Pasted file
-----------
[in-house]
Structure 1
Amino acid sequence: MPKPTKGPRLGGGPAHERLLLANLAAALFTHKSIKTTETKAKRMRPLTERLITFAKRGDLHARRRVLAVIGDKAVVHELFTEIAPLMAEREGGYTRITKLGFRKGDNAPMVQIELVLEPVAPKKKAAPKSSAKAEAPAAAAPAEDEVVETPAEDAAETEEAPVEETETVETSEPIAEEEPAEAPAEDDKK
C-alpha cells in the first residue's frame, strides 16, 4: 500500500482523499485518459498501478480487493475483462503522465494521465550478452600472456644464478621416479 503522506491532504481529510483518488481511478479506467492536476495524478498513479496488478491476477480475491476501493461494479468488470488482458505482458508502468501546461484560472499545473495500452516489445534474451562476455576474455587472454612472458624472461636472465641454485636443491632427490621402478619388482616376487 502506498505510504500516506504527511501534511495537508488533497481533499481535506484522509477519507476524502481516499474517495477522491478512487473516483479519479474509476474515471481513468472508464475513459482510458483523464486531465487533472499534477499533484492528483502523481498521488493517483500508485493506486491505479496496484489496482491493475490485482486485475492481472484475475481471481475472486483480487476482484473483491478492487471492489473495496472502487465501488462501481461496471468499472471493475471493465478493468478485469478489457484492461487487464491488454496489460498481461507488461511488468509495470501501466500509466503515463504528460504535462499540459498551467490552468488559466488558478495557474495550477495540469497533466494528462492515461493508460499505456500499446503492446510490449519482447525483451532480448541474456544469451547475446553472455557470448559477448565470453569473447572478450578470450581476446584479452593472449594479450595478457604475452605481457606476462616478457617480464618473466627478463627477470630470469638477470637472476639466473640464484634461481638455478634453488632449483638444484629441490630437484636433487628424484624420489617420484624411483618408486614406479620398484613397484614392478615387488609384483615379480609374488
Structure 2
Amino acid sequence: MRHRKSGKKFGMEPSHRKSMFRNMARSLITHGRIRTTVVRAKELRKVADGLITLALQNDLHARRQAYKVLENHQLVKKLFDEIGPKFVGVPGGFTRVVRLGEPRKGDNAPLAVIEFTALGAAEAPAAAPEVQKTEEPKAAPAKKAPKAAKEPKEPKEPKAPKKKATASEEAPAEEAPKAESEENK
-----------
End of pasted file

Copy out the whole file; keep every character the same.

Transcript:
[in-house]
Structure 1
Amino acid sequence: MPKPTKGPRLGGGPAHERLLLANLAAALFTHKSIKTTETKAKRMRPLTERLITFAKRGDLHARRRVLAVIGDKAVVHELFTEIAPLMAEREGGYTRITKLGFRKGDNAPMVQIELVLEPVAPKKKAAPKSSAKAEAPAAAAPAEDEVVETPAEDAAETEEAPVEETETVETSEPIAEEEPAEAPAEDDKK
C-alpha cells in the first residue's frame, strides 16, 4: 500500500482523499485518459498501478480487493475483462503522465494521465550478452600472456644464478621416479 503522506491532504481529510483518488481511478479506467492536476495524478498513479496488478491476477480475491476501493461494479468488470488482458505482458508502468501546461484560472499545473495500452516489445534474451562476455576474455587472454612472458624472461636472465641454485636443491632427490621402478619388482616376487 502506498505510504500516506504527511501534511495537508488533497481533499481535506484522509477519507476524502481516499474517495477522491478512487473516483479519479474509476474515471481513468472508464475513459482510458483523464486531465487533472499534477499533484492528483502523481498521488493517483500508485493506486491505479496496484489496482491493475490485482486485475492481472484475475481471481475472486483480487476482484473483491478492487471492489473495496472502487465501488462501481461496471468499472471493475471493465478493468478485469478489457484492461487487464491488454496489460498481461507488461511488468509495470501501466500509466503515463504528460504535462499540459498551467490552468488559466488558478495557474495550477495540469497533466494528462492515461493508460499505456500499446503492446510490449519482447525483451532480448541474456544469451547475446553472455557470448559477448565470453569473447572478450578470450581476446584479452593472449594479450595478457604475452605481457606476462616478457617480464618473466627478463627477470630470469638477470637472476639466473640464484634461481638455478634453488632449483638444484629441490630437484636433487628424484624420489617420484624411483618408486614406479620398484613397484614392478615387488609384483615379480609374488
Structure 2
Amino acid sequence: MRHRKSGKKFGMEPSHRKSMFRNMARSLITHGRIRTTVVRAKELRKVADGLITLALQNDLHARRQAYKVLENHQLVKKLFDEIGPKFVGVPGGFTRVVRLGEPRKGDNAPLAVIEFTALGAAEAPAAAPEVQKTEEPKAAPAKKAPKAAKEPKEPKEPKAPKKKATASEEAPAEEAPKAESEENK